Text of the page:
It's safe to say the whole world is living in strange and unprecedented times. Basically, the IRL version of this:
But in the midst of a crisis, there are always people who step up and show the rest of us what being a good neighbour is all about. Take, for example, Rebecca Mehra, a Stanford athlete who saw an elderly couple terrified to enter a supermarket.
Across the UK, the COVID-19 Mutual Aid Network was quickly formed. It sprang into action to help communities help each other. The organisation now has 1,500 groups across the UK catering to the needs of the country's most vulnerable people.
Then there's this Yorkshire street, where the community has adopted a cool way of letting each other know when they're in need of assistance. Residents have added a green paper to each window, which they'll swap for a red one if the person inside requires assistance, shopping, medication, or transport.
This game of "social distancing footie" between neighbours shows that people are finding new ways of connecting.
Former Manchester United and England defender Gary Neville announced the closure of the two hotels he co-owns in Manchester and plans to gives all 176 beds to NHS workers self-isolating from families in case they get infected.
And James Watt, a cofounder of Brewdog, announced that the company would be using its beer distillery to make hand sanitiser, which it will be giving away FOR FREE. He told Sky News: "We want to do what we can to help the country get through this quickly."
The power of music can also go a long way. In Columbus, Ohio, brother-and-sister duo Taran Tien, 9, and Calliope Tien, 6, put on a cello concert for their 78-year-old neighbour Helena Schlam.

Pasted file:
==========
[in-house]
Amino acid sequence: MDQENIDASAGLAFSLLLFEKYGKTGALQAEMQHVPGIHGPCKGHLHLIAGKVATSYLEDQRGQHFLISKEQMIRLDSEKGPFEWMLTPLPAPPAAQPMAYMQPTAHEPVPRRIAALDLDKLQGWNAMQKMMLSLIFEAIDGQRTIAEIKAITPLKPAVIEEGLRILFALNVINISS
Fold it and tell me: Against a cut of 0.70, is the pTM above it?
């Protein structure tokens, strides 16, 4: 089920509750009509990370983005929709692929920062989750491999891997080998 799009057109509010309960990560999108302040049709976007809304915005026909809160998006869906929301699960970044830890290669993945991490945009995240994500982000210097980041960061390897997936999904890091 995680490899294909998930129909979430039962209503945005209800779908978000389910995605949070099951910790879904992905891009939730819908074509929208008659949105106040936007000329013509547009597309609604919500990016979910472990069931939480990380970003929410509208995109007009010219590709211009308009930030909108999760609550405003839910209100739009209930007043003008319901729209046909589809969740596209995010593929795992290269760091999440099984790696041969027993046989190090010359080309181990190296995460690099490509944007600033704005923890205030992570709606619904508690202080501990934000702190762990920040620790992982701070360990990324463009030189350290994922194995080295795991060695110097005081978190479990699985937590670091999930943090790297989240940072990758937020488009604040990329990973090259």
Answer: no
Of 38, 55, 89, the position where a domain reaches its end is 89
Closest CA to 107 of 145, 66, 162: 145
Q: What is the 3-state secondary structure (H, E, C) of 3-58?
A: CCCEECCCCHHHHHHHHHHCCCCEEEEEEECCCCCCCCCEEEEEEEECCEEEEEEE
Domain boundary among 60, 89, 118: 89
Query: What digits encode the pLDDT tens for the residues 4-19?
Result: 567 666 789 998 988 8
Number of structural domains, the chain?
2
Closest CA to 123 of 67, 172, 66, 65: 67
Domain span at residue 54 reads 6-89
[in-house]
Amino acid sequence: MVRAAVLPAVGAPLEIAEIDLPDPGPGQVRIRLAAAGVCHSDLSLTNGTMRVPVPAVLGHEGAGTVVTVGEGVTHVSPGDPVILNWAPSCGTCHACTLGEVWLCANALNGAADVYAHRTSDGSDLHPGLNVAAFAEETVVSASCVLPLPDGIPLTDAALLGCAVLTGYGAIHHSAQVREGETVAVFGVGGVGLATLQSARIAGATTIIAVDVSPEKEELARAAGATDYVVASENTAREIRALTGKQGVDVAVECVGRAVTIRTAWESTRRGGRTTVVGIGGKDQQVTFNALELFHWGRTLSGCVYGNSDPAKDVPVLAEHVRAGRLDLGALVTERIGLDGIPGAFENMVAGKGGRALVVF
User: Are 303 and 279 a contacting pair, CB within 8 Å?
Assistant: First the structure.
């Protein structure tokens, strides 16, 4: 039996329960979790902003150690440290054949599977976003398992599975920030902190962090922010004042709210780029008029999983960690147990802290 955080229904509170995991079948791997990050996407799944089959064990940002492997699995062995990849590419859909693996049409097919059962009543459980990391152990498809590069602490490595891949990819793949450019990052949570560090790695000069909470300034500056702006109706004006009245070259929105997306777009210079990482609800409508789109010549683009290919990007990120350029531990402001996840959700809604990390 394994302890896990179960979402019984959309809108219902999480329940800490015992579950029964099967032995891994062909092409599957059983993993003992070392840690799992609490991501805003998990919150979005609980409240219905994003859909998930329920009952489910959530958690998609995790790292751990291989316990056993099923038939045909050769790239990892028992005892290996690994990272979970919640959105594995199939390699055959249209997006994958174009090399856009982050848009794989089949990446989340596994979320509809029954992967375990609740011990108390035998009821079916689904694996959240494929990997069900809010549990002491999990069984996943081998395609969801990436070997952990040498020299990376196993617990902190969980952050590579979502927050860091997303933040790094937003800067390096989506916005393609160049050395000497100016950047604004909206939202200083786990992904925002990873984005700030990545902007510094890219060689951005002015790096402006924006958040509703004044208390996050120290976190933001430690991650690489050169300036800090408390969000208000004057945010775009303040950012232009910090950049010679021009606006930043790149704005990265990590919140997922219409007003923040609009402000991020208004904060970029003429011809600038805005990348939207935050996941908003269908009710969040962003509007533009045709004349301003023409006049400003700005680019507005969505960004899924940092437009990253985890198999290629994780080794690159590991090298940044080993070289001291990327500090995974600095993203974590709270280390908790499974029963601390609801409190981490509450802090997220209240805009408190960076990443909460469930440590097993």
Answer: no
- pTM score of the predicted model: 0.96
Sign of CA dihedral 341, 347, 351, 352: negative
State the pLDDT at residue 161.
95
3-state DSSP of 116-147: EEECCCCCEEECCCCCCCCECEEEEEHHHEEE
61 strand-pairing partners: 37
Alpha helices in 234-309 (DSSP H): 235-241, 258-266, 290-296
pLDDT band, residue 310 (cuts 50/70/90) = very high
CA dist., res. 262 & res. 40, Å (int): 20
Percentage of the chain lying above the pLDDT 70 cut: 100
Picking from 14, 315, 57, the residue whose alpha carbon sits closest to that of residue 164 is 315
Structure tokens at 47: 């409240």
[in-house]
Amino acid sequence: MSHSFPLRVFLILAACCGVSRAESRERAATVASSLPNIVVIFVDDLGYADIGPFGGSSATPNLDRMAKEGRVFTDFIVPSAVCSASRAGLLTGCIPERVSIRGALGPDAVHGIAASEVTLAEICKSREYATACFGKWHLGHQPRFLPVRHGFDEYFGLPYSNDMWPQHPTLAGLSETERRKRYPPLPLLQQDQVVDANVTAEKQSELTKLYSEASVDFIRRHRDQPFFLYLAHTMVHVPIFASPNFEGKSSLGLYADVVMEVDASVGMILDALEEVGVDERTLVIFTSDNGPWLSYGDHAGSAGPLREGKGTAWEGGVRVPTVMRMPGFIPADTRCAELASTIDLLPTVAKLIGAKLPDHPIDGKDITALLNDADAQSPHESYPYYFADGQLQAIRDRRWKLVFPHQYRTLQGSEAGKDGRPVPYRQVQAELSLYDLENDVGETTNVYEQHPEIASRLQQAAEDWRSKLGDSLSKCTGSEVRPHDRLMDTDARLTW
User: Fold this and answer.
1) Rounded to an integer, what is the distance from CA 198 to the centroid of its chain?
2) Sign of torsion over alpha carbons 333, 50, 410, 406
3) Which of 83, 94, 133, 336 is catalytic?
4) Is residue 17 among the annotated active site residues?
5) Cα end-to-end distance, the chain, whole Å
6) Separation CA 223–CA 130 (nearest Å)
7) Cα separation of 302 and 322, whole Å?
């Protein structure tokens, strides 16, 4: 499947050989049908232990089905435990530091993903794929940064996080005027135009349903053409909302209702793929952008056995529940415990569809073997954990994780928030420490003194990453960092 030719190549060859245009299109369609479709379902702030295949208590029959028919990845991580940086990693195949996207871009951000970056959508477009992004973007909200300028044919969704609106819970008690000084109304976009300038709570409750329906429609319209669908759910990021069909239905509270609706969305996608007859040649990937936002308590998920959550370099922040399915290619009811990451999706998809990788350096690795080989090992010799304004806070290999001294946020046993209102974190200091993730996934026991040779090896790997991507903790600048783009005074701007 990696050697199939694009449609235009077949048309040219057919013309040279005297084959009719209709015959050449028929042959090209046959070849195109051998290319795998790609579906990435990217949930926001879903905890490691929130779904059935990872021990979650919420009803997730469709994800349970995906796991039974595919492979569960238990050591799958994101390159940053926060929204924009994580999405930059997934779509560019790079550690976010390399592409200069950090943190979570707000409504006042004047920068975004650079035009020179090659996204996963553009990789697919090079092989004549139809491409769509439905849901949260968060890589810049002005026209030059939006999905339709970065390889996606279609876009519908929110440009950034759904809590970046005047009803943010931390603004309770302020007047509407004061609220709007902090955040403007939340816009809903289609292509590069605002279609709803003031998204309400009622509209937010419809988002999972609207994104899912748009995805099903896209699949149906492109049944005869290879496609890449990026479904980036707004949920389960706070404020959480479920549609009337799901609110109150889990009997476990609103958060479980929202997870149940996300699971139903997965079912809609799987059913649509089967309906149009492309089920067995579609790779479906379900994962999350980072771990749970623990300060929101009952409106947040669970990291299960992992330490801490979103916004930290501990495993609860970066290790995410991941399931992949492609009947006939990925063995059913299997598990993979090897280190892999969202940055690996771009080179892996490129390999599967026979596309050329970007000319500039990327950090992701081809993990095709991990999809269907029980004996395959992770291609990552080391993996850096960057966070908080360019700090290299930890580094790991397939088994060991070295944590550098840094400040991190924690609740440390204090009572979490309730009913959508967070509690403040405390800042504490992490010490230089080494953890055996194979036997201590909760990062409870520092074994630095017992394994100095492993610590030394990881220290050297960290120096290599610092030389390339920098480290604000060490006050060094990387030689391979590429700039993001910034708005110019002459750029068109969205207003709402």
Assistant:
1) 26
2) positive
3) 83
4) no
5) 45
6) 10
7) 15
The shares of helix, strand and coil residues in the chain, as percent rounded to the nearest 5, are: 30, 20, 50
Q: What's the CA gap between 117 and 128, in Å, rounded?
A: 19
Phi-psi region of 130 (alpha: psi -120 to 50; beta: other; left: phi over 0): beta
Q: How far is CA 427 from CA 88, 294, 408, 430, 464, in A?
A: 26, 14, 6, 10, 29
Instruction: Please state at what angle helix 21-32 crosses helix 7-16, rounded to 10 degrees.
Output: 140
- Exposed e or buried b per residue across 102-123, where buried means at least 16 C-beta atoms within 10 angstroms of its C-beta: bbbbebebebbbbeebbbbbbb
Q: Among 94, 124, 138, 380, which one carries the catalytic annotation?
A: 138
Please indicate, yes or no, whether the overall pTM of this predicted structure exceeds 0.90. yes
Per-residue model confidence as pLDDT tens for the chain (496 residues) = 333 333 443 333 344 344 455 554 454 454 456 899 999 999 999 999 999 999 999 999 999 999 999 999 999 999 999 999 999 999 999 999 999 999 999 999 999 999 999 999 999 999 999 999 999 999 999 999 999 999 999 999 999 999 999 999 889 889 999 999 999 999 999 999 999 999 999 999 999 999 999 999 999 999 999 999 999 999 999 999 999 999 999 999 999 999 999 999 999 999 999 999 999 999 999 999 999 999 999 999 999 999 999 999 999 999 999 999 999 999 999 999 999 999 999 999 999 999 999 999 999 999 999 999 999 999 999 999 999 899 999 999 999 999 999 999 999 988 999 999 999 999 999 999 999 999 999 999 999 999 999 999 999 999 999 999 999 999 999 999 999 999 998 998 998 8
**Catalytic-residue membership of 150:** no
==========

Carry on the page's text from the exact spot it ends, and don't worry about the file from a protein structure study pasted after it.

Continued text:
In Scotland, Asiyah Javed and her husband, Jawad Javed, distributed free antibacterial hand gel, face masks, and groceries to isolated elderly people in their community.
There was an overwhelming response when Gavin John Adams, a lawyer and author, shared that he was in isolation on the eve of his birthday. Thousands of people wished him well as a result.
"I'm absolutely astounded by your kindness and selflessness."
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This mosque and education centre in Dewsbury is one of several religious communities mobilising to offer support to vulnerable populations, with a particular emphasis on elderly and disabled people.
Supermarkets are also responding to the constant wave of customers panic-buying/stockpiling/preparing to self-isolate by setting aside time for elderly people to do their shopping. It appeared to start with this Iceland store in west Belfast.
And other high street stores are also jumping in to do their part by offering discounts and a free hot drink to key support workers — because every little helps.